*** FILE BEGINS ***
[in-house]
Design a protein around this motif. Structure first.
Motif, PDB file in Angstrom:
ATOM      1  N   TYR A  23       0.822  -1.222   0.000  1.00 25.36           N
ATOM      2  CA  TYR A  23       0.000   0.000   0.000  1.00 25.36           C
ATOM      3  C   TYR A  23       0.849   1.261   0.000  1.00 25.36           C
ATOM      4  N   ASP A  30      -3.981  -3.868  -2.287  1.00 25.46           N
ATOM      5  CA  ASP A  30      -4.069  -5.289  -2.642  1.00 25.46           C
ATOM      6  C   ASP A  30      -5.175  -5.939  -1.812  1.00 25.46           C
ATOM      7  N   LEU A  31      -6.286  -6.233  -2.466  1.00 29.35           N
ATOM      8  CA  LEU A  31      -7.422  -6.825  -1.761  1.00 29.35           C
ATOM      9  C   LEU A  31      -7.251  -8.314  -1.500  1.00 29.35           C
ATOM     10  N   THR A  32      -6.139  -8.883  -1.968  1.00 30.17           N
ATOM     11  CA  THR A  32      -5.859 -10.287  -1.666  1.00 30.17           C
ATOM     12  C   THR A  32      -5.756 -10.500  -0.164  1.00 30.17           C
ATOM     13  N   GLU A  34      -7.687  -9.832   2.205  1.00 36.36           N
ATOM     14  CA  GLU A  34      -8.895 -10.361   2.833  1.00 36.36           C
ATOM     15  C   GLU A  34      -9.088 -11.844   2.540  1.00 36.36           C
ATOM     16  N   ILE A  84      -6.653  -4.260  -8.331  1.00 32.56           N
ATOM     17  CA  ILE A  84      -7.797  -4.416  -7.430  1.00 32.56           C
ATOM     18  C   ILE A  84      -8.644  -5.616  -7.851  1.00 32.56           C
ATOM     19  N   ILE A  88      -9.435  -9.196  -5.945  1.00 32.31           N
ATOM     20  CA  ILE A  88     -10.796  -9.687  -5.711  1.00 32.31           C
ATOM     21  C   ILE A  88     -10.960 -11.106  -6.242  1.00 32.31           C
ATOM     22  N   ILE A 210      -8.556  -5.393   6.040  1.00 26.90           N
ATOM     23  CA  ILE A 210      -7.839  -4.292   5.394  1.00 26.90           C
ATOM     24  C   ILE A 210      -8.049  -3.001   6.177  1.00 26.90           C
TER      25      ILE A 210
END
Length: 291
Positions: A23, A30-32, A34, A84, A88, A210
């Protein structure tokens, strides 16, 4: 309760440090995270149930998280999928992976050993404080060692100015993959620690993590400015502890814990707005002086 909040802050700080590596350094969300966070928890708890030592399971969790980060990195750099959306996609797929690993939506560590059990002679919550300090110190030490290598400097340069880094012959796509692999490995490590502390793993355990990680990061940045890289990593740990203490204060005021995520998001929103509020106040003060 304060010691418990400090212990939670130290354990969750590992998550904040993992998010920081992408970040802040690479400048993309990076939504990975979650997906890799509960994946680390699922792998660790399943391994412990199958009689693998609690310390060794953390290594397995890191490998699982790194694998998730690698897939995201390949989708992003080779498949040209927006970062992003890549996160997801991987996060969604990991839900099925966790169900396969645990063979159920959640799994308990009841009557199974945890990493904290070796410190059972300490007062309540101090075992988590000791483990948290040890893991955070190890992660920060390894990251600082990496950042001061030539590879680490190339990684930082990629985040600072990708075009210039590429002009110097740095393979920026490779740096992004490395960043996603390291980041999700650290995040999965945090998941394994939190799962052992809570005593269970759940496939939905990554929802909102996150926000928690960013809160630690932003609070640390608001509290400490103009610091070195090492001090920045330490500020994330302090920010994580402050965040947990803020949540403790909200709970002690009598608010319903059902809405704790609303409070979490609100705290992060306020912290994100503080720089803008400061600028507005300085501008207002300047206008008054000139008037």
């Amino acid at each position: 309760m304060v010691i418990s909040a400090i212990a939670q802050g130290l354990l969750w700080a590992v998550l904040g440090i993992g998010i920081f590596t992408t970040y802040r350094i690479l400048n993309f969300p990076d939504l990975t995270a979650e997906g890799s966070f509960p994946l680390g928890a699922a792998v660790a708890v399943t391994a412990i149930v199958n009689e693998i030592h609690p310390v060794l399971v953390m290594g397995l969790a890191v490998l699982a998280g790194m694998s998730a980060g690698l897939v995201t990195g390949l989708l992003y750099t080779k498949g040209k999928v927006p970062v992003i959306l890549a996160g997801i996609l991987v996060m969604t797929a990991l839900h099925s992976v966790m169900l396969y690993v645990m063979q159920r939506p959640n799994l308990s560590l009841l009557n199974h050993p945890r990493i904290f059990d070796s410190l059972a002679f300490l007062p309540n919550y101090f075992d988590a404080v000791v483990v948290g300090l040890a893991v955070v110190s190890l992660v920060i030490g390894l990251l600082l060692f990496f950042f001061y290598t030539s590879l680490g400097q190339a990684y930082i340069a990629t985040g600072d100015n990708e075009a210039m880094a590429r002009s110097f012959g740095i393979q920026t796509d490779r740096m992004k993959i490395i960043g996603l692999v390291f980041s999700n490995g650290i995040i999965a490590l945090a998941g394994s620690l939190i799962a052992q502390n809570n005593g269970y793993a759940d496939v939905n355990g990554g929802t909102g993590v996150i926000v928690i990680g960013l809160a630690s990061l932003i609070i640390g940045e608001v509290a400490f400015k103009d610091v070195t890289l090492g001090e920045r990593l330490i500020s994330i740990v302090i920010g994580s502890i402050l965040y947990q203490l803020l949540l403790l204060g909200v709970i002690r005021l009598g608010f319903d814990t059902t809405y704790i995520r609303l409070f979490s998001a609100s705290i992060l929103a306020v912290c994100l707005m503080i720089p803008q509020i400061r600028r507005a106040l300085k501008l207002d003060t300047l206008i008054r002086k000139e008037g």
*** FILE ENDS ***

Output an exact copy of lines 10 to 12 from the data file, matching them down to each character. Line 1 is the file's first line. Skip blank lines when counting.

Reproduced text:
ATOM      7  N   LEU A  31      -6.286  -6.233  -2.466  1.00 29.35           N
ATOM      8  CA  LEU A  31      -7.422  -6.825  -1.761  1.00 29.35           C
ATOM      9  C   LEU A  31      -7.251  -8.314  -1.500  1.00 29.35           C